"After a month’s delay and much scrutiny highlighting the failures that defined this budget process, I hoped the Governor and the Legislative Majorities would have produced a budget that focused on addressing the needs of New Yorkers. Unfortunately, this budget falls far short of what New Yorkers deserved – both in terms of the process and in terms of the results. We are now beholden to a budget that was written behind closed doors, is full of policy items and is more than 30 days past due.
Despite the many flaws of this nearly $230 billion budget, as Ranking Member on the Senate Mental Health Committee, I was pleased to see a significant investment in mental health. I am also pleased to report that, after collaborating with local communities to voice our opposition to the Governor’s extreme housing plan, this proposal was ultimately removed from the budget. While this is a significant victory, we need to remain vigilant on future attempts by Governor Hochul to override local zoning laws.
It’s unfortunate that the bad overshadowed the few good items in this budget, leaving much more work to be done to help - not hinder - our residents. Public safety and affordability were thrown to the wayside once again as we saw no significant changes to bail reform policies and now have to contend with a newly established ban on gas appliances and heating systems, which will exacerbate utility and housing costs. This will impose a hasty transition to electric energy that New York’s grid is entirely unprepared for, which in turn will put our residents at risk when it inevitably fails to meet demands. Additionally, rather than providing critically needed tax relief for New York individuals, families, and small businesses, this budget instead provided a bailout for the MTA.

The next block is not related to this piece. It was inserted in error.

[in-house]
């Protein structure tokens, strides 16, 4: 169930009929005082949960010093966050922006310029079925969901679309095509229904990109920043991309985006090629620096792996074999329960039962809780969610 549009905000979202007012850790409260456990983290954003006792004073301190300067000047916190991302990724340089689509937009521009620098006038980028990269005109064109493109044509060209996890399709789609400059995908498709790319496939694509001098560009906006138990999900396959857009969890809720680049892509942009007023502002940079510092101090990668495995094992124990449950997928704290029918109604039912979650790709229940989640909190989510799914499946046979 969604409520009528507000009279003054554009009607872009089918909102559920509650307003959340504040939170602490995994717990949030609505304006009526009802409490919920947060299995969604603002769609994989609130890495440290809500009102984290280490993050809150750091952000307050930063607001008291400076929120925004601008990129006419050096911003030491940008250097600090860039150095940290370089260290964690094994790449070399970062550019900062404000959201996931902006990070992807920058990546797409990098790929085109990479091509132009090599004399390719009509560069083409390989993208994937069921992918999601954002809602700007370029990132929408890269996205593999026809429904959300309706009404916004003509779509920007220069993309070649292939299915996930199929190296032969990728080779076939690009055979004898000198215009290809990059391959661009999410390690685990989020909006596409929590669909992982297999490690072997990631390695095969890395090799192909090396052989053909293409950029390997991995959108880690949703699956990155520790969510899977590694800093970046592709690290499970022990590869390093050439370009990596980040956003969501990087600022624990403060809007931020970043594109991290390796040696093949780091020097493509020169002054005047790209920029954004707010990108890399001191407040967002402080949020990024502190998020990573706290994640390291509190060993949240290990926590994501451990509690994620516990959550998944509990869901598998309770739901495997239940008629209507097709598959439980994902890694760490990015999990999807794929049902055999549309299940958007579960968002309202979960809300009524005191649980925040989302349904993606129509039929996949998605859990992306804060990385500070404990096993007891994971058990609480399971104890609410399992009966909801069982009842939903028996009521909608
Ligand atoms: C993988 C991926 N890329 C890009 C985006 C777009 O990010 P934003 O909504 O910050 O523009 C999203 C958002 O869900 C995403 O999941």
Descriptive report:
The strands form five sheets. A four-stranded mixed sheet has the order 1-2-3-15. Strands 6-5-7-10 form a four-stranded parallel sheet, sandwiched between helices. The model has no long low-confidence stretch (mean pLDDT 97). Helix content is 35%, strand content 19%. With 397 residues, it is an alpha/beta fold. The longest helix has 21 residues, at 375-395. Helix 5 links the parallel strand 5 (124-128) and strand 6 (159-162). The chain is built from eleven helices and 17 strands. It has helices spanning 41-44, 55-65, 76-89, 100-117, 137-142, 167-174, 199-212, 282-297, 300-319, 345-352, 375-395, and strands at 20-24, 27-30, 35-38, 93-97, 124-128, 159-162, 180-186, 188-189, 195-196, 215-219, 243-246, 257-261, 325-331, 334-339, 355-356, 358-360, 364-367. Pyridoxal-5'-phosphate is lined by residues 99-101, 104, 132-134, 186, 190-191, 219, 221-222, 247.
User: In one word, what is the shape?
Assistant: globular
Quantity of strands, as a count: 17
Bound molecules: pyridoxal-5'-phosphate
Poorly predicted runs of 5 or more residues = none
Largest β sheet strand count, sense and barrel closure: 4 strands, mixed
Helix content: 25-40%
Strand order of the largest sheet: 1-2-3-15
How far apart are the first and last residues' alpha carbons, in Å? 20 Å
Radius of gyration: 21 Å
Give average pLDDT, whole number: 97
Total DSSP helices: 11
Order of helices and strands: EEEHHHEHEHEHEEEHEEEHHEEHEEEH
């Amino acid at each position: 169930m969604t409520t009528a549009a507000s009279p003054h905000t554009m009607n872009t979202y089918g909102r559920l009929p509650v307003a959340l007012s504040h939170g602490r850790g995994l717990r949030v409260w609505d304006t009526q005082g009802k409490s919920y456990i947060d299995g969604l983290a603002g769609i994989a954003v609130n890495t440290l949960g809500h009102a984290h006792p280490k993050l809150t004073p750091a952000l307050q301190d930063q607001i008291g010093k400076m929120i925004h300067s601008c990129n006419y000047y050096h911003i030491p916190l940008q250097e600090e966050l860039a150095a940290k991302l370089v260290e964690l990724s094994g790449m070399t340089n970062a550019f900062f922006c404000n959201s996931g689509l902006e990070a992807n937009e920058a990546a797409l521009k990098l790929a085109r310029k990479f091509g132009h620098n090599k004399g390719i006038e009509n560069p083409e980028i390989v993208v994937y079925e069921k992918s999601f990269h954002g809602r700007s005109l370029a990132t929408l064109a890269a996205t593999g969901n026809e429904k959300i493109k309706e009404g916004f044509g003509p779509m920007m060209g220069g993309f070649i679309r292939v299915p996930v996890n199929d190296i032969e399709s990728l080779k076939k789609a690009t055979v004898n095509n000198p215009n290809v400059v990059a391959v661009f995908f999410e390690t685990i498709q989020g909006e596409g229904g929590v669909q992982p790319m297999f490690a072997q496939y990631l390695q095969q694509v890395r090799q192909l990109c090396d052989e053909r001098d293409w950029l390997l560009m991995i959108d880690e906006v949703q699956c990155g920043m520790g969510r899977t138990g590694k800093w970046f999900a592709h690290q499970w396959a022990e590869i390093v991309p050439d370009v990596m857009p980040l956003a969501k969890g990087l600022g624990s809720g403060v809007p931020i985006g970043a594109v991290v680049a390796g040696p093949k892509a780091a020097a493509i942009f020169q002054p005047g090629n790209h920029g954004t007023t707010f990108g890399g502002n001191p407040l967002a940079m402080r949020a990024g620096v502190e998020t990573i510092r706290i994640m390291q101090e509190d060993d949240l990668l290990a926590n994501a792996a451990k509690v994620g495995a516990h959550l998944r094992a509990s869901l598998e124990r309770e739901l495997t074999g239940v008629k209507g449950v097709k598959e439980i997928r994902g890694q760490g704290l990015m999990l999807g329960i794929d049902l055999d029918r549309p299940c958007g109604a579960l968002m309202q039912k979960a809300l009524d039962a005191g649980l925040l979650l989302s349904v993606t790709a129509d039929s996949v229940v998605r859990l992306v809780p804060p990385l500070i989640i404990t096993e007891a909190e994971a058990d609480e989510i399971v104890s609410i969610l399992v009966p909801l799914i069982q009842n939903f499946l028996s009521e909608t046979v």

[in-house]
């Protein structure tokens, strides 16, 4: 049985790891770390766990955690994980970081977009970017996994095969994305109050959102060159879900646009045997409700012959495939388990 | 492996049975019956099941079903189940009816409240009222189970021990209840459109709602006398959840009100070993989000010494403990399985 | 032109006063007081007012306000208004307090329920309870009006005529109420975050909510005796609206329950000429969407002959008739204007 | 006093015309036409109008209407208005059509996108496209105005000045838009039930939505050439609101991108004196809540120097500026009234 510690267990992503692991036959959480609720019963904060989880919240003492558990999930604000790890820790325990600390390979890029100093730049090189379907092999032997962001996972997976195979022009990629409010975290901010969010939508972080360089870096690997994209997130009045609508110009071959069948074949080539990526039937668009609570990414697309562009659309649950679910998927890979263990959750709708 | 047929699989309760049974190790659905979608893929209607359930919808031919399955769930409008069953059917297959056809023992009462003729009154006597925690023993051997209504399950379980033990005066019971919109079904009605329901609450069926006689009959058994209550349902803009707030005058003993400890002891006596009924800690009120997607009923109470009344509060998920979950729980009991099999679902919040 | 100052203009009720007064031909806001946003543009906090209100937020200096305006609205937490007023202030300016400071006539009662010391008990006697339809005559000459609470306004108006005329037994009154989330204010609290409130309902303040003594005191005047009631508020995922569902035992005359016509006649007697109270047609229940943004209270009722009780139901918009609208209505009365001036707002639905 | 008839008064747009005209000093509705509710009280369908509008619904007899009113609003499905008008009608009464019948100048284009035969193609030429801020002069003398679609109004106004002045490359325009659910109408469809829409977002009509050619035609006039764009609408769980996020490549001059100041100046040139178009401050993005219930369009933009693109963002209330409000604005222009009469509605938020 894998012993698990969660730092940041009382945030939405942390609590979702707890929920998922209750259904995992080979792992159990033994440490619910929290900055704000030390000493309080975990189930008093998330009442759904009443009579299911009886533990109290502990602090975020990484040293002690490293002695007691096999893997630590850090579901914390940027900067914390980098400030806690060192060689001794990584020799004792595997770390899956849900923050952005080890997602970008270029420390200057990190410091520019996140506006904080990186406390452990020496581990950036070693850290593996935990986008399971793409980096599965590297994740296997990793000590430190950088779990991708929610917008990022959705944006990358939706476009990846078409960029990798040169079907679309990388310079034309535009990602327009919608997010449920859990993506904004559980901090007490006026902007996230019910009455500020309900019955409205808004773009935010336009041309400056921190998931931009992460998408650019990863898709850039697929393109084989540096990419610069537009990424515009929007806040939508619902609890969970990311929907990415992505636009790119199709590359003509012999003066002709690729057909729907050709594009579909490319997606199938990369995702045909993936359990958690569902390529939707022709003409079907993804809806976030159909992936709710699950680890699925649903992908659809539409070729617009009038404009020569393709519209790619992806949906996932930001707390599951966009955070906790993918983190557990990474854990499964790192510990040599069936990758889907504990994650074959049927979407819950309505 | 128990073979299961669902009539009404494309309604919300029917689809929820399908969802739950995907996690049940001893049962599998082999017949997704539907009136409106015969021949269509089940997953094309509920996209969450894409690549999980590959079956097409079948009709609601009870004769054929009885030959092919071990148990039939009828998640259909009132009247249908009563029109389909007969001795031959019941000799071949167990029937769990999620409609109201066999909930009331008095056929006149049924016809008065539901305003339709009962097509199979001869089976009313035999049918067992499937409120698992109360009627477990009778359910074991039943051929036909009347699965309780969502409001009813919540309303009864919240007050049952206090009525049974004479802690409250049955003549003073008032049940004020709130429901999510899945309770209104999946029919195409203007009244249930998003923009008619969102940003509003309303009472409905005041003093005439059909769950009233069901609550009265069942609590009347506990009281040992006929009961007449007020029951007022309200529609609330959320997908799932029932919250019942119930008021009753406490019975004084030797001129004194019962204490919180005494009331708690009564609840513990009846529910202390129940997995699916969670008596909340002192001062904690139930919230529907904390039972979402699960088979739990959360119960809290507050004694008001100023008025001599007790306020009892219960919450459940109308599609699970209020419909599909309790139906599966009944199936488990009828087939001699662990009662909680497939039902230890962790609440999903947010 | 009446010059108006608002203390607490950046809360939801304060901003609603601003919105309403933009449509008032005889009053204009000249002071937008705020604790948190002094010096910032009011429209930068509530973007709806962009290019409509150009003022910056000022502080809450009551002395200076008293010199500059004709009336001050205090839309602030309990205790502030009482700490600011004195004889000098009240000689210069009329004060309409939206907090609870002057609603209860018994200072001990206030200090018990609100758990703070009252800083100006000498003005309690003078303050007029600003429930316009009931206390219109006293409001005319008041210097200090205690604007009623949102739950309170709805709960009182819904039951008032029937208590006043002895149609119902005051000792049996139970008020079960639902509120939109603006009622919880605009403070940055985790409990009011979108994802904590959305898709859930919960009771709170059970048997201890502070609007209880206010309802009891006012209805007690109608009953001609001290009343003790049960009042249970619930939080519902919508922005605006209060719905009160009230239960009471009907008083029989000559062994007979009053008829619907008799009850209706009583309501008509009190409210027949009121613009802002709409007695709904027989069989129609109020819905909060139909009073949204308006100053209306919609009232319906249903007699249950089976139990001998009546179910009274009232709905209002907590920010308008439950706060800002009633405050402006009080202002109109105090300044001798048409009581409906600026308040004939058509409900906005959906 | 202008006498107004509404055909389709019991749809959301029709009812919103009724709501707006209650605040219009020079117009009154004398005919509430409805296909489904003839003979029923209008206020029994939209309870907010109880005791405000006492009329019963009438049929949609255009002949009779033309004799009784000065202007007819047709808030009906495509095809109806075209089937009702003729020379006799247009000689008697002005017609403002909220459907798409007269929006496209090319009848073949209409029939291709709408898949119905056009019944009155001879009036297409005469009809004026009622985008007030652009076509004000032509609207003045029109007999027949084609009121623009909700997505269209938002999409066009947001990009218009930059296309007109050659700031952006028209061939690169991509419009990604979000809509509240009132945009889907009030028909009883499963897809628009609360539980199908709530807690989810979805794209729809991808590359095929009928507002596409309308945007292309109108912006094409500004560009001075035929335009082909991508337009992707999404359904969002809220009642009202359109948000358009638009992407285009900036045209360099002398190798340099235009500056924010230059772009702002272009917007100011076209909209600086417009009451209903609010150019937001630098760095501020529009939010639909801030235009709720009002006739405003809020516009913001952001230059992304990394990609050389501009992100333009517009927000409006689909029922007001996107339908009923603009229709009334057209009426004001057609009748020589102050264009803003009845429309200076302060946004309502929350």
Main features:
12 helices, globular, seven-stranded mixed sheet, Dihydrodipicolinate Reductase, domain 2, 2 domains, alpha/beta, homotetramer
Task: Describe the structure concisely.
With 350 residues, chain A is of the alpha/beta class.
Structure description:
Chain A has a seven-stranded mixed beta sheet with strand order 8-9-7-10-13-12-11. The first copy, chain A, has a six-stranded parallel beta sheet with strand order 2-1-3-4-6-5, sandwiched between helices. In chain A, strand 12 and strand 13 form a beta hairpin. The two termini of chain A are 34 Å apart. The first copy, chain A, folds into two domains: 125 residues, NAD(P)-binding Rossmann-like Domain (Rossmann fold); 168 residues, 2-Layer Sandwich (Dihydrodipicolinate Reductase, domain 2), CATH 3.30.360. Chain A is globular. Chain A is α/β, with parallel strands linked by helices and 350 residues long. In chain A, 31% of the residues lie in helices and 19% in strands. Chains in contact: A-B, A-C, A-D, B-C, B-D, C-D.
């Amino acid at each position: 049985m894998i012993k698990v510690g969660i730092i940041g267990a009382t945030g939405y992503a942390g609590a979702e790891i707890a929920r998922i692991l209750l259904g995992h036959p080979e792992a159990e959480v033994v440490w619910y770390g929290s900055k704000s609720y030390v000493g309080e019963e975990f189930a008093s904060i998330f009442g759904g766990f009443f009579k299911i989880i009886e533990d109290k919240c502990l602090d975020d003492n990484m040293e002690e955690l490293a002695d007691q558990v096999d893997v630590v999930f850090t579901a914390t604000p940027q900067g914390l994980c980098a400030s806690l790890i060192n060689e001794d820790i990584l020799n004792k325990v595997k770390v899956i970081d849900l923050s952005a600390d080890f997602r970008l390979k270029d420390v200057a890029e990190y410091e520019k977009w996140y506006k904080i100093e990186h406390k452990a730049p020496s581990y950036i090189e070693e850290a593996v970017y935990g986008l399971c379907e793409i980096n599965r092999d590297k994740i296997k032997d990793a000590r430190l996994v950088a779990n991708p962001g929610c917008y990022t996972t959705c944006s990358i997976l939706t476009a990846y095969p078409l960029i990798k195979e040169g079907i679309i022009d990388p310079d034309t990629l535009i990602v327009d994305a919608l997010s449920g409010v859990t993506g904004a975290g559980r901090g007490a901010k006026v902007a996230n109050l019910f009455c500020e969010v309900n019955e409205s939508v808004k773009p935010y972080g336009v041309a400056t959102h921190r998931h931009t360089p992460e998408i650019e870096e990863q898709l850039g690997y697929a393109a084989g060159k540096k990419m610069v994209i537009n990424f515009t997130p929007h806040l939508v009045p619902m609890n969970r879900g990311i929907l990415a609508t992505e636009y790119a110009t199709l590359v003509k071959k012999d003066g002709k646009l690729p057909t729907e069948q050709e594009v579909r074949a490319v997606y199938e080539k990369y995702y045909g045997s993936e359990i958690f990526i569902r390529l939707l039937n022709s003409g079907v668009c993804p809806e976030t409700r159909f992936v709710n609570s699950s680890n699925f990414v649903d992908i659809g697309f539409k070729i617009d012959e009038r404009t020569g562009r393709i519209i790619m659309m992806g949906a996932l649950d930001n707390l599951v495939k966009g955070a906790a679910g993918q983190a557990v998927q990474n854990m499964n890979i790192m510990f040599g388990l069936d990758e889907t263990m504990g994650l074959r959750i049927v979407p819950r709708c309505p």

The blatant disregard for the genuine hardships faced by our taxpayers was on full display during this budget process. New Yorkers should be angry. Not just angry at the majorities’ utter lack of urgency or transparency in negotiating and passing a state fiscal plan, New Yorkers should be angry because it is clear that one-party rule is not working.
Our residents have been carrying the weight of Albany's fiscal negligence for far too long and frankly, they deserve better."